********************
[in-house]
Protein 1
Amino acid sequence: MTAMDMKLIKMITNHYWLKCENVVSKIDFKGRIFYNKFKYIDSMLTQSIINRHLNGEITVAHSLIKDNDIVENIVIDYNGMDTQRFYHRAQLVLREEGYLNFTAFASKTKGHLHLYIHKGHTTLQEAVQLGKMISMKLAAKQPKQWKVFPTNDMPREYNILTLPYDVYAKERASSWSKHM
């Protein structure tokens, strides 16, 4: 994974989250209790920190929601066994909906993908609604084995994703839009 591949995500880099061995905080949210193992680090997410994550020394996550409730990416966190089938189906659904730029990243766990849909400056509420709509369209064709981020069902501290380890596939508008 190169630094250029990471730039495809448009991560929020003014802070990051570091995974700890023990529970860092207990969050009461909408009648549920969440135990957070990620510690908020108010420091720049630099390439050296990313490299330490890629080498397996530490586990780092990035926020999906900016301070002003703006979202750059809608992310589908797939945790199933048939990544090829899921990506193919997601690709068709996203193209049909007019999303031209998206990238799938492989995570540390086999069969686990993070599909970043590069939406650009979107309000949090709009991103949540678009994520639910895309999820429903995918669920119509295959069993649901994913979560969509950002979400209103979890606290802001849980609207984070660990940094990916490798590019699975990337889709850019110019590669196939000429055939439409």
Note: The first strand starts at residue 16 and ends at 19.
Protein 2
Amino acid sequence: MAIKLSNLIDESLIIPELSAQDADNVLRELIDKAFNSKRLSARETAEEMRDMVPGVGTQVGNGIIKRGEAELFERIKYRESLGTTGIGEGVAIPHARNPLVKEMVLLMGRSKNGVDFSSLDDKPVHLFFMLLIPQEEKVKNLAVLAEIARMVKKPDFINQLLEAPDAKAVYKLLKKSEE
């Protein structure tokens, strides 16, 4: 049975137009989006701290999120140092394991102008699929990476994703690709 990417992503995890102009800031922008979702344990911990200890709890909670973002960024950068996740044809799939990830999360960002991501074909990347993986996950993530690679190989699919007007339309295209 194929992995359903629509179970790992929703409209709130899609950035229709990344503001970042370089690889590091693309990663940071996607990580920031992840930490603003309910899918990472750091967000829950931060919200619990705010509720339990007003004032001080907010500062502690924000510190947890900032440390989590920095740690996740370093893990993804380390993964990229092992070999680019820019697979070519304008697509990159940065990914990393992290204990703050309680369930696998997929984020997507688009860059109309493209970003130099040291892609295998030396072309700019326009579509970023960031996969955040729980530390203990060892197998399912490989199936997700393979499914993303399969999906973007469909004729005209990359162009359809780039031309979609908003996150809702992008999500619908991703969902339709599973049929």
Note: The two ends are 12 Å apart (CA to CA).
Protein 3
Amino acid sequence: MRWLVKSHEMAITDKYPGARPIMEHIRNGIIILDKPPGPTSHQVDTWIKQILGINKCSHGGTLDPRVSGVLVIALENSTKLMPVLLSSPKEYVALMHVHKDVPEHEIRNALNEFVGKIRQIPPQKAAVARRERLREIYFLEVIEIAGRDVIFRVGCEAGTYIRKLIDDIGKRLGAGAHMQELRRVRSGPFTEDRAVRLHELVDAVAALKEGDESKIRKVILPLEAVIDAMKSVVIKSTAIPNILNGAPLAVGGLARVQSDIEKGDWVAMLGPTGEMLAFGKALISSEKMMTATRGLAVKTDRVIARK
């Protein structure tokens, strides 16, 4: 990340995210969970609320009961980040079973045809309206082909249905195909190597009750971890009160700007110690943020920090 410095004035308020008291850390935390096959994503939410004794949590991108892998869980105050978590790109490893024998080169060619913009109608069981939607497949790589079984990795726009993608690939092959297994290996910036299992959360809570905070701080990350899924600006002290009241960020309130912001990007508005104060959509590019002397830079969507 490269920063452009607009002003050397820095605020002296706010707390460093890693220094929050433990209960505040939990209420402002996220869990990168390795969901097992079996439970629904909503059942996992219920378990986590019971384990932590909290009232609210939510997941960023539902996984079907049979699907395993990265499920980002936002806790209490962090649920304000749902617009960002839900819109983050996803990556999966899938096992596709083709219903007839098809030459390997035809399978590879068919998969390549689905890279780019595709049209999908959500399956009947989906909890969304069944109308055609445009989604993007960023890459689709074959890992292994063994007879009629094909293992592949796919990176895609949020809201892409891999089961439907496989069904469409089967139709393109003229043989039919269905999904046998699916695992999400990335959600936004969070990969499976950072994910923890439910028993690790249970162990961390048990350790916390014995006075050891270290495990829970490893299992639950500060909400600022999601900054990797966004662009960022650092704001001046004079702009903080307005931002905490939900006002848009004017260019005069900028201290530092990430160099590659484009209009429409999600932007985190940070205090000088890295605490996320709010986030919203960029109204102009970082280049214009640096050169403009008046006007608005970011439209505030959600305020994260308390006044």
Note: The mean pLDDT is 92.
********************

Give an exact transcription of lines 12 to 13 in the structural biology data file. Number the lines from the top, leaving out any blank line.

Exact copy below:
């Protein structure tokens, strides 16, 4: 990340995210969970609320009961980040079973045809309206082909249905195909190597009750971890009160700007110690943020920090 410095004035308020008291850390935390096959994503939410004794949590991108892998869980105050978590790109490893024998080169060619913009109608069981939607497949790589079984990795726009993608690939092959297994290996910036299992959360809570905070701080990350899924600006002290009241960020309130912001990007508005104060959509590019002397830079969507 490269920063452009607009002003050397820095605020002296706010707390460093890693220094929050433990209960505040939990209420402002996220869990990168390795969901097992079996439970629904909503059942996992219920378990986590019971384990932590909290009232609210939510997941960023539902996984079907049979699907395993990265499920980002936002806790209490962090649920304000749902617009960002839900819109983050996803990556999966899938096992596709083709219903007839098809030459390997035809399978590879068919998969390549689905890279780019595709049209999908959500399956009947989906909890969304069944109308055609445009989604993007960023890459689709074959890992292994063994007879009629094909293992592949796919990176895609949020809201892409891999089961439907496989069904469409089967139709393109003229043989039919269905999904046998699916695992999400990335959600936004969070990969499976950072994910923890439910028993690790249970162990961390048990350790916390014995006075050891270290495990829970490893299992639950500060909400600022999601900054990797966004662009960022650092704001001046004079702009903080307005931002905490939900006002848009004017260019005069900028201290530092990430160099590659484009209009429409999600932007985190940070205090000088890295605490996320709010986030919203960029109204102009970082280049214009640096050169403009008046006007608005970011439209505030959600305020994260308390006044």
Note: The mean pLDDT is 92.